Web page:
Wednesday, 27 March 2013
Being a Beta
Let’s start with what a beta does. In its simplest form, it is reading a manuscript for an author and providing them with feedback but sometimes, it is a lot more than that. It depends on each individual author. Some need lots of help with every part of the manuscript from spelling to language and my biggest nemesis, punctuation. Others just want someone else to read their work and make sure they tie up loose ends and that everything makes sense to the reader. You might ask isn’t that the editor’s job? Yes, but it always helps to have a couple of people read the book. Sounds like a lot of fun doesn’t it?? Sometimes it is, other times not so much. I can only write this from my experience. Every beta is different and not every writer needs the same thing from their betas. You will get a couple of different blogs from a few different betas, so you will know if it is a non-paying job you want to take on.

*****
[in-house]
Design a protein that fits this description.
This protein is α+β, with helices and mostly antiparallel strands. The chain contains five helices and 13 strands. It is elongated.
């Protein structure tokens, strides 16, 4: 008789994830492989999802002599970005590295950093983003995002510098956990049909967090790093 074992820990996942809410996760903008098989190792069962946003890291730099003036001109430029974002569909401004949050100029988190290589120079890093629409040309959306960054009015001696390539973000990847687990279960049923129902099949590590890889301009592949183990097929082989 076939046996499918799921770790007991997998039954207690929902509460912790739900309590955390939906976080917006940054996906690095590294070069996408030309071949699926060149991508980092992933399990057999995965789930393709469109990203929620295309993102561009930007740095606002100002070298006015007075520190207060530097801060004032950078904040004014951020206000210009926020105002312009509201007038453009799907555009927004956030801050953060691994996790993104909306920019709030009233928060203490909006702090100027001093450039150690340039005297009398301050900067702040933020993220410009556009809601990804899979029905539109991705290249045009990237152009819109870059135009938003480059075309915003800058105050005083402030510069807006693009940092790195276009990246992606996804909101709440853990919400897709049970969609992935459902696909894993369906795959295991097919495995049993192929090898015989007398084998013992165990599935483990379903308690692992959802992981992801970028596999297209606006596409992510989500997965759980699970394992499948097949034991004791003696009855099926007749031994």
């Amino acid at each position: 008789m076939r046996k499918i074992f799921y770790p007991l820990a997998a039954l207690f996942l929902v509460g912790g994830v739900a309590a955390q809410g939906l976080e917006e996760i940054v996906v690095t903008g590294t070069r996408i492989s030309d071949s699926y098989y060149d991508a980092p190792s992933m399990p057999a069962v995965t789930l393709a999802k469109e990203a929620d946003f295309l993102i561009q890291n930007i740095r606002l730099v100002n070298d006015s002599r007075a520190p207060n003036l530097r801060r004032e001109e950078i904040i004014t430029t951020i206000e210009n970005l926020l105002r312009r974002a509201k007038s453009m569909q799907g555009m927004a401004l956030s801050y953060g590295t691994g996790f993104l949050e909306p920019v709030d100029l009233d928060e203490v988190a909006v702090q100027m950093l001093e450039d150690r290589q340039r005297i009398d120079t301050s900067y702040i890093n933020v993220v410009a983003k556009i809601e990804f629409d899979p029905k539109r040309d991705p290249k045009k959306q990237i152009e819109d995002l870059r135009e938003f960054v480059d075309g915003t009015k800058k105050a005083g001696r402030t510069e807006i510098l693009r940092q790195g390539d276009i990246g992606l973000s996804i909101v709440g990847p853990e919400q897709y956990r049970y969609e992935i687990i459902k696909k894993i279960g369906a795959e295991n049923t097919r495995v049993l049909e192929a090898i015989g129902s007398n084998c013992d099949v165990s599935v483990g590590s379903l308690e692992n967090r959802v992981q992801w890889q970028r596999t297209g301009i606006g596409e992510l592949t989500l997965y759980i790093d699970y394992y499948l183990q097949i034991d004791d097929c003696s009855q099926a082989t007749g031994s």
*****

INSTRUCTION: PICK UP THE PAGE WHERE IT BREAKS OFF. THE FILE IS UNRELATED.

How did I become a beta? I am not really sure. I had never even entertained the idea of being a beta reader nor did I seek it out. I am not special in anyway, except in my ability to read fast. I have always put authors in a category of Gods. I have the utmost respect for anyone who can put pen to paper or nowadays fingers to keyboard. There is no way in hell I could ever write a book or even a short story. I have trouble writing these blogs and yep, I have several people reading them and correcting my atrocious language skills. And spell check is my best friend. I am not a fan of reading a book and critiquing it. I rarely even write reviews because I hate them. I don’t know what makes a good book. I just know if I enjoyed it and most of the time, I don’t know what it is that made it good for me. Besides, who cares what I think about a book? I was raised to be an individual and if I didn’t like a book, that doesn’t mean it doesn’t strike a chord with someone else and their life experiences. I know that is not a popular opinion and lots of people write reviews, and I say more power to them. It just isn’t my cup of tea. I will rate the book and tag them on Amazon and things like that to help an author. But nope, I’m going to try like hell not to have to write a review. But I digress and am beginning to ramble so back to the blog.